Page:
AVSC on a new track
Panic. That’s what Irma Martinez of Carbondale felt when her three children filed onto the free bus to Snowmass for the first time four years ago.Did they have everything? Yes, she had made sure to double check. Gloves. Goggles. Hats. The used snowboards and bindings that she and her husband, Juan, had managed to purchase for all three. The whole family had agreed to this, she reminded herself. Snowboarding on the weekends through a program offered by local nonprofit Aspen Valley Ski and Snowboard Club – indeed, this would be a good thing for the children. Not only would it provide them with something to do during the long winter, but it would give them a means to connect with some of their Anglo peers.And, thanks to scholarships for all three, it was affordable. Martinez only had to pay $50 to enroll them in the program.Something just didn’t feel right, though. Martinez herself had never ventured near a chairlift in her life, nor ever considered trying skiing or snowboarding. The unknown led her to dream up frightening scenarios.The mountains are so big, what if they get lost? Or one of them gets hurt? Breaks a leg?Once the bus left the Carbondale Elementary School parking lot to begin its journey upvalley, Martinez jumped in her car to follow behind. At Snowmass, she walked up to the base of Assay Hill to watch her children from below – especially keeping an eye out for her youngest, 6-year-old Jessica. “They couldn’t see me,” Martinez said. “I could barely see them. I could just pick them out by the color of their jackets.”As she watched her children learn to snowboard that day, her initial fears began to fade. Once she saw how much fun they were having, she knew she and her husband had made the right decision. They skipped a few bills that first year to purchase all of the equipment for the kids, but it was definitely worth it.The decision didn’t just solely benefit her family, either, Martinez said. After her children’s positive experience, she began lauding the AVSC’s Base Camp program – and the scholarships it offers – to friends, who in turn signed up their own children. The pattern has repeated itself over and over.
Susan Blakney, AVSC’s Base Camp director, said Martinez’s story is similar other local Latino parents who have enrolled their children in one of the recreational programs at AVSC.In her five years with the club, Blakney has canvassed the valley, speaking to Latino groups about the club’s scholarship opportunities. During that time, she has encountered a number of parents who are afraid of the unfamiliar.More often than not, Blakney said, she is fighting false perceptions; many believe skiing and snowboarding are sports reserved for the rich, white elite.When she maps out the ways the club makes it possible for local children to participate – including free lift tickets, free bus rides and the discounted equipment – preconceived notions quickly evaporate, Blakney said.”The club’s mission has always been to be all-inclusive, and to represent the entire community,” Blakney said. “One of the extraordinary things we can do at the recreational level is to reach out not only to kids whose families have grown up here skiing and snowboarding, but to those who moved here and to those who are so financially challenged that they never thought it would be possible.”This year alone, AVSC has awarded $63,500 in scholarships to Latino participants, up from $40,930 last year. Blakney also points to the club’s Latino participation numbers, which have increased steadily since 2001 from less than 100 to 250.Altogether, AVSC’s Latino participants account for 13 percent of the club’s enrollment.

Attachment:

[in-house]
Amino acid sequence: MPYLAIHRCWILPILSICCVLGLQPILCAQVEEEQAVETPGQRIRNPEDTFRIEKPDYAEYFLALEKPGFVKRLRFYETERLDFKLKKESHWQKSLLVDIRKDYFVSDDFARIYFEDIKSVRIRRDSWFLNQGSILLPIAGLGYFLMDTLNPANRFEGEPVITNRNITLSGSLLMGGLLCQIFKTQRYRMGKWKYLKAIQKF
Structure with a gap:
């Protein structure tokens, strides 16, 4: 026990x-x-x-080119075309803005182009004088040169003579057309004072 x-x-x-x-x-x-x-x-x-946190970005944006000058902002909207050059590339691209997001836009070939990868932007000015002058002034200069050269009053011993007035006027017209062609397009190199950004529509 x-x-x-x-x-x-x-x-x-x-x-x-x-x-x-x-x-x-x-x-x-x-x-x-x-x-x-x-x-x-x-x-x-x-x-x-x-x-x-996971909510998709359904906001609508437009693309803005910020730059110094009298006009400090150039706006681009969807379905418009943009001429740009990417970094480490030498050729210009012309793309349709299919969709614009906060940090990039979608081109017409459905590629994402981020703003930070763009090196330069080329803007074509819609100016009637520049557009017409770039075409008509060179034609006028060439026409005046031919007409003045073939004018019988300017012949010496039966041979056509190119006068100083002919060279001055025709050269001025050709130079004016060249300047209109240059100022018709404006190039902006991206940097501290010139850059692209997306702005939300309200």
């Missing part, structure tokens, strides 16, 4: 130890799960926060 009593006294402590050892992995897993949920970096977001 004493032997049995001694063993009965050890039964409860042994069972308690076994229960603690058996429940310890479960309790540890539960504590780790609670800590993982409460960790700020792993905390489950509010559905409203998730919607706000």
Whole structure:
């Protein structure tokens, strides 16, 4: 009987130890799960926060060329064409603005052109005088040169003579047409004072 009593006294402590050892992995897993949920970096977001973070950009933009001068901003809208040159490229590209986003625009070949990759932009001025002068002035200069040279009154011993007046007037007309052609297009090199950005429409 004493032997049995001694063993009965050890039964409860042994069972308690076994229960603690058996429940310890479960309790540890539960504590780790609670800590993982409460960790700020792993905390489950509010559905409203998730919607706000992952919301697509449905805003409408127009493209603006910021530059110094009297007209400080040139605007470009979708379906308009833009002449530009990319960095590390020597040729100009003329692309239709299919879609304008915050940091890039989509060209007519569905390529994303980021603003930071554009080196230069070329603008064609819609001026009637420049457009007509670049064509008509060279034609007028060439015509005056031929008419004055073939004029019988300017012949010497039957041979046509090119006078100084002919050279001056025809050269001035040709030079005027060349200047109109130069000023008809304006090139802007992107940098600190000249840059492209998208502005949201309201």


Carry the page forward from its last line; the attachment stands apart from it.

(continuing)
The numbers are far from the norm in the powder-white ski industry.Last year, minorities made up only 12 percent of skier and snowboarder visits in the United States, 2.7 percent of whom which were Latinos, according to Lakewood-based National Ski Areas Association. Colorado lags behind the national average, with only 10 percent of its skier and snowboarder visits coming from minorities, according to Boulder-based research firm RRC Associates. It’s definitely not because of a shortage of minorities. As of the 2000 national census, Colorado’s nonwhite population was 25 percent, with Latinos making up 17 percent of the population.A ski club in arguably the most exclusive ski town in Colorado with a minority enrollment of 13 percent is an aberration, to say the least.Recently, AVSC was awarded a one-year grant of $5,000 from the Colorado Trust/El Pomar Foundation. The club has also been singled out by the Wall Street Journal for its enterprising approaches to bringing Latinos to skiing and snowboarding.”All of the sudden these statewide foundations are starting to look at integration issues and realize that this is a problem in the state of Colorado,” said Alan Cole, AVSC marketing and development manager. “We’re filling a particular niche. It’s wonderful that all of the sudden there are statewide organizations, large funders and large foundations that are looking at this.”